White Shark (Atlantic Population)

Carcharodon carcharias

SARA Status

No Status
NS
Special Concern
SC
Threatened
TH
Endangered
EN
Extirpated
EX

SARA Status

  • No Status NS
  • Special Concern SC
  • Threatened TH
  • Endangered EN
  • Extirpated EX

COSEWIC Status

Not at Risk
NR
Special Concern
SC
Threatened
TH
Endangered
EN
Extirpated
EX

COSEWIC Status

  • Not at Risk NR
  • Special Concern SC
  • Threatened TH
  • Endangered EN
  • Extirpated EX

Description

The White Shark is known worldwide as a top predator and is renowned for its large size. In Atlantic Canada, the average length of recorded White Sharks is 4 metres, with sizes ranging from 2 to 6 metres. Some distinguishing features of the White Shark include:

  • pointed dorsal fin;
  • black eyes;
  • large size;
  • sharp colour contrast between its back (grey or black) and underside (white);
  • heavy spindle-shaped body;
  • long, cone-shaped snout; and,
  • large triangular blade-like teeth with serrations (like a saw).

White Sharks grow slowly and take a long time to reach maturity – 26 years for males and 33 years for females. They also produce few young and population growth is quite low. White Sharks are long-lived, potentially reaching over 70 years old.

Researchers agree that White Shark numbers in the Northwest Atlantic have declined substantially, with estimates ranging from 63% to 80%. During the last 20 years, their population seems to be increasing, potentially due to conservation measures that were implemented in the US and internationally in the 1990s and early 2000s.

Habitat

The White Shark is rare compared to other shark species, but is widely distributed in the sub-polar to tropical seas of both hemispheres. It is observed most frequently in inshore waters over the continental shelves of the Northwest Atlantic, Mediterranean Sea, southern Africa, southern Australia, New Zealand and the eastern North Pacific. White Sharks occur in inshore and offshore waters and at a variety of water depths, from just below the surface to depths greater than 1,100 metres.

White Sharks found in Atlantic Canadian waters are part of the larger Northwest Atlantic population, which ranges from Newfoundland to the Gulf of Mexico and the northern Caribbean Sea. Within this range, the highest concentrations are found in US waters. There are no estimates of population size in Canadian waters or in the Northwest Atlantic.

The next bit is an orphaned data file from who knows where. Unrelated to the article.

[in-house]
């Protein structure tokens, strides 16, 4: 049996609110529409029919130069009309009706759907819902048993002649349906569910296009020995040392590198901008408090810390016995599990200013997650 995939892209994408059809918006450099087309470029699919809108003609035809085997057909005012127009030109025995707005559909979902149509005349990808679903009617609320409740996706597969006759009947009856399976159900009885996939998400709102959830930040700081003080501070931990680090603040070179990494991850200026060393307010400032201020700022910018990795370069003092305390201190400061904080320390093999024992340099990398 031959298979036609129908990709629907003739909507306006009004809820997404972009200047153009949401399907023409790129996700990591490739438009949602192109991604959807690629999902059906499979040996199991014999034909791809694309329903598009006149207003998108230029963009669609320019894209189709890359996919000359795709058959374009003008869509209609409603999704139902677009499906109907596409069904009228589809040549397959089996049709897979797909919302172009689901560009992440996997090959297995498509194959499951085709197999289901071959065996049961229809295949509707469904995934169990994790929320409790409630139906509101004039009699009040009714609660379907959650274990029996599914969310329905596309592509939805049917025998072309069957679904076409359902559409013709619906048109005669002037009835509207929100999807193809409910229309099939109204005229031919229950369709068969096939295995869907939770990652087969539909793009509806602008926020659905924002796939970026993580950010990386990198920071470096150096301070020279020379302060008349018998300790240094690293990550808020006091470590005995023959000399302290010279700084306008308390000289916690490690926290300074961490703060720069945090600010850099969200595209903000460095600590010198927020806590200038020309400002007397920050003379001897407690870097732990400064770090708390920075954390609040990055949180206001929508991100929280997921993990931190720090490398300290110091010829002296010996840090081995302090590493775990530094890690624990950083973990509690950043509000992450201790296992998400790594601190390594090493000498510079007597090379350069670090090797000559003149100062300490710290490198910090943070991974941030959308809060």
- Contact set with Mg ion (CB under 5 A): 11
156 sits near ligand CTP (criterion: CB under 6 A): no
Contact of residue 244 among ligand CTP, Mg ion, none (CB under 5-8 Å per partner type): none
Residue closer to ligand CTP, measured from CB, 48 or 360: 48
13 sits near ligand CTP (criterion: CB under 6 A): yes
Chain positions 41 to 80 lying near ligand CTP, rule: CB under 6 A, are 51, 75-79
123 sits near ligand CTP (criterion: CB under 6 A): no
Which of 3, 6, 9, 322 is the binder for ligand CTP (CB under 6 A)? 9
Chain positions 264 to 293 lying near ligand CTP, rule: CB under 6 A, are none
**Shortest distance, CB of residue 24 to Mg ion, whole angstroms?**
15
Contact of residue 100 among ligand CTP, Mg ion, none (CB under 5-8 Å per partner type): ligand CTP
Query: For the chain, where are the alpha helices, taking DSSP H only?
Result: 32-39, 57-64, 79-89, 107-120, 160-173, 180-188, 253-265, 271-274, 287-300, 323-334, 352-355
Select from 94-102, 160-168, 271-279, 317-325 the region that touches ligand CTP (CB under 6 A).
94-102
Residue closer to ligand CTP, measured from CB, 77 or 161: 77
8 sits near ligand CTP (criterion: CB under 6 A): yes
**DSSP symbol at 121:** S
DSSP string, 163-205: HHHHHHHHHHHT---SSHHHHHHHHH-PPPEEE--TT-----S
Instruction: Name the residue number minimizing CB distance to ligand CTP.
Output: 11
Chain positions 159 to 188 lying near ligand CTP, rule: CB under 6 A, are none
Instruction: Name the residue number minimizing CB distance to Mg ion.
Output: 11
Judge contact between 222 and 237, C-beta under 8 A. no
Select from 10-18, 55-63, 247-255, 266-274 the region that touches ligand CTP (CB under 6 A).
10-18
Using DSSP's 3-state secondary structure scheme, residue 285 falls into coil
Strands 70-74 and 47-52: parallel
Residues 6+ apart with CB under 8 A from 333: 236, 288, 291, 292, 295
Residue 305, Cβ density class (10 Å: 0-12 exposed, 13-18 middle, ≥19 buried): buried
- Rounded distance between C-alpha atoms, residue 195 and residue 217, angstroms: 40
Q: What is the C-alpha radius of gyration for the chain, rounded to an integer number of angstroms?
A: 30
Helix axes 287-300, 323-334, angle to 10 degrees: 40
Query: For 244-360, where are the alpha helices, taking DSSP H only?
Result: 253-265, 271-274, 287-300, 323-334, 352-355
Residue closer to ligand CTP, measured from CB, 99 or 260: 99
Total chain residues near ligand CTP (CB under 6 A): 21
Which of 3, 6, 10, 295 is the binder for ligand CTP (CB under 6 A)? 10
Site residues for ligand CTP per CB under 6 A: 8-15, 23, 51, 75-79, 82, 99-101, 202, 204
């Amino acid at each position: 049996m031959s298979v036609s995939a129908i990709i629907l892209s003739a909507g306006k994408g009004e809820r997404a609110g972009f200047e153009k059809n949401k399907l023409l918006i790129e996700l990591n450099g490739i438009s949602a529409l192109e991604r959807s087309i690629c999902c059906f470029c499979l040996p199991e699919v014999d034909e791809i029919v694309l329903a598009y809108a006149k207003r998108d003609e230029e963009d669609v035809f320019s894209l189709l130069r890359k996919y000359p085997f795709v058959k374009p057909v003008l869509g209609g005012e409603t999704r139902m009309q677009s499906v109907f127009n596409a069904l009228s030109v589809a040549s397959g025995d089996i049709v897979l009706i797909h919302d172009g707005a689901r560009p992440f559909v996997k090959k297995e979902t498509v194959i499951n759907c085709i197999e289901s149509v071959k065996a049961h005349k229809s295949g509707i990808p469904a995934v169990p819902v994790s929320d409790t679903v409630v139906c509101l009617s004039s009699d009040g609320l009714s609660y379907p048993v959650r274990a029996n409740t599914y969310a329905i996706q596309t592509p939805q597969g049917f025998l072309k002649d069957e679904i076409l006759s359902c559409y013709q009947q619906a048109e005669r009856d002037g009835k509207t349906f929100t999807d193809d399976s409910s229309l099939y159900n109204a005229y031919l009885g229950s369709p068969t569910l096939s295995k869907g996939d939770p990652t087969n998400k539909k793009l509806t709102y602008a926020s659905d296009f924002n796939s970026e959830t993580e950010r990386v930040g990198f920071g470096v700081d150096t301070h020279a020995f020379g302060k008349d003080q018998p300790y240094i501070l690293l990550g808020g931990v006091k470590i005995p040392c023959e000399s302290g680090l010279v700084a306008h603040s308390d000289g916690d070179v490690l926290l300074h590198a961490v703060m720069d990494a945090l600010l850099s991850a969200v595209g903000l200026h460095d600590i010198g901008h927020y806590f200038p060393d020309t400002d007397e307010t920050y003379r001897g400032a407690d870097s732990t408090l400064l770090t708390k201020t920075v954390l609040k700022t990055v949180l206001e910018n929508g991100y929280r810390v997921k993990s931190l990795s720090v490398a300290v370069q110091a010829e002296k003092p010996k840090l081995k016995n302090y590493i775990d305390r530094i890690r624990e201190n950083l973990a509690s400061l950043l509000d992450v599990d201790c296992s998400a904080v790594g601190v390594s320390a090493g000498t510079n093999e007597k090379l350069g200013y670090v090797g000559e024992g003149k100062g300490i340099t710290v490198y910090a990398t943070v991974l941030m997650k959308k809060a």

In Atlantic Canadian waters, there are 57 confirmed White Shark sightings from the 1800s to 2018 and over 30 detections of tagged White Sharks. In recent years, the number of White Shark sightings has increased, with 22 confirmed sightings between 2009 and 2018. Satellite and acoustic tags have recorded White Sharks in several areas throughout eastern Canadian waters including the St. Lawrence Estuary, the Grand Banks, and the Bay of Fundy.

Threats

Humans pose the greatest threat to White Sharks. Although they are protected in some countries and listed on Appendix II of the Convention on International Trade in Endangered Species (CITES), in some places they are still targeted in commercial and recreational fisheries. They are harvested for their valuable body parts, including fins for consumption and teeth and jaws for jewelry and collectibles. White Sharks must swim to breathe, making them particularly susceptible to mortality when accidentally caught in fishing gear that restricts their ability to swim (e.g. gillnets).

At present, the only documented threat to White Sharks in Atlantic Canada is bycatch in commercial fisheries. There have been approximately 3 mortalities per decade since the 1950s in a variety of gear types. Other potential threats that are not well understood include pollution, underwater noise, and offshore and coastal development activities. In other countries, shark control programs, harassment, and ecotourism (e.g. shark cage diving) can pose threats.

Further information

DFO scientists are collaborating with the Massachusetts Division of Marine Fisheries (MDMF) to deploy satellite tags on White Sharks, both in Cape Cod waters and in Atlantic Canada. Tagging data can provide information on migration and distribution throughout the Northwest Atlantic and on preferred habitat, including temperature and depth. The organization OCEARCH has also conducted several white shark tagging and sampling expeditions, including one off Nova Scotia in 2018.

DFO strongly encourages reporting of White Sharks in Atlantic Canadian waters to learn more about their distribution and to inform recovery activities. If you see a White Shark, please report as much information as possible, including the date and location of the observation and characteristics that help identify the species. If possible, a photo or video of the shark can provide valuable information to help with species identification and may help determine behaviour (e.g. feeding vs transiting).

White Sharks can be reported through the following mechanisms:

Information on the White Shark is also available on the Species at Risk Public Registry.

White Shark (Atlantic Population)

Photo credit: istockphoto.com/Chuck Babbitt

Scientific name: Carcharodon carcharias
Taxonomy: Fishes (marine)
SARA Status: Endangered
COSEWIC Status: Endangered
Region: Atlantic Ocean

Photo credit: istockphoto.com/Chuck Babbitt

Tooth from the lower jaw of a white shark

Did you know?

White Sharks are curious and sometimes approach and even poke their snouts at boats or other floating objects. They do not see humans as prey and attacks are very rare.

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